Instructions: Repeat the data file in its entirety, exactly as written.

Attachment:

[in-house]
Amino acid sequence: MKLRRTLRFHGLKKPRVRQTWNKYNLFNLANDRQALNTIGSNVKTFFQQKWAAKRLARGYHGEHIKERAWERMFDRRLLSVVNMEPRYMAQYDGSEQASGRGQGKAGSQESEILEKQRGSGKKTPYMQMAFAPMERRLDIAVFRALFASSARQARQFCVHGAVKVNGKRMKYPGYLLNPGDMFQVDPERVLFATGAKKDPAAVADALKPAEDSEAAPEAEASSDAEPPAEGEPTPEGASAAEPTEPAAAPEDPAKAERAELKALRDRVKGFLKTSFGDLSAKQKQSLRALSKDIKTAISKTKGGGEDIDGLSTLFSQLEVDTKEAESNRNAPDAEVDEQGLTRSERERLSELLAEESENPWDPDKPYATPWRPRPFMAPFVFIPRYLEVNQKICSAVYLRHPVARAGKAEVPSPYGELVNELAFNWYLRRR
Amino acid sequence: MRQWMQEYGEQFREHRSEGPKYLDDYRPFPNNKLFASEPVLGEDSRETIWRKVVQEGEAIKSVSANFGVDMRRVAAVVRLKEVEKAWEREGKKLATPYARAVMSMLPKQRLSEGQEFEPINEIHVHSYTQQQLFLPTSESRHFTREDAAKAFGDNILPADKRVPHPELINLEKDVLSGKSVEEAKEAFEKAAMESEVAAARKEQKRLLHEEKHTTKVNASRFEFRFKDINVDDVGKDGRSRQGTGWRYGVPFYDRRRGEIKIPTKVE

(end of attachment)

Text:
[in-house]
Amino acid sequence: MKLRRTLRFHGLKKPRVRQTWNKYNLFNLANDRQALNTIGSNVKTFFQQKWAAKRLARGYHGEHIKERAWERMFDRRLLSVVNMEPRYMAQYDGSEQASGRGQGKAGSQESEILEKQRGSGKKTPYMQMAFAPMERRLDIAVFRALFASSARQARQFCVHGAVKVNGKRMKYPGYLLNPGDMFQVDPERVLFATGAKKDPAAVADALKPAEDSEAAPEAEASSDAEPPAEGEPTPEGASAAEPTEPAAAPEDPAKAERAELKALRDRVKGFLKTSFGDLSAKQKQSLRALSKDIKTAISKTKGGGEDIDGLSTLFSQLEVDTKEAESNRNAPDAEVDEQGLTRSERERLSELLAEESENPWDPDKPYATPWRPRPFMAPFVFIPRYLEVNQKICSAVYLRHPVARAGKAEVPSPYGELVNELAFNWYLRRR
Amino acid sequence: MRQWMQEYGEQFREHRSEGPKYLDDYRPFPNNKLFASEPVLGEDSRETIWRKVVQEGEAIKSVSANFGVDMRRVAAVVRLKEVEKAWEREGKKLATPYARAVMSMLPKQRLSEGQEFEPINEIHVHSYTQQQLFLPTSESRHFTREDAAKAFGDNILPADKRVPHPELINLEKDVLSGKSVEEAKEAFEKAAMESEVAAARKEQKRLLHEEKHTTKVNASRFEFRFKDINVDDVGKDGRSRQGTGWRYGVPFYDRRRGEIKIPTKVE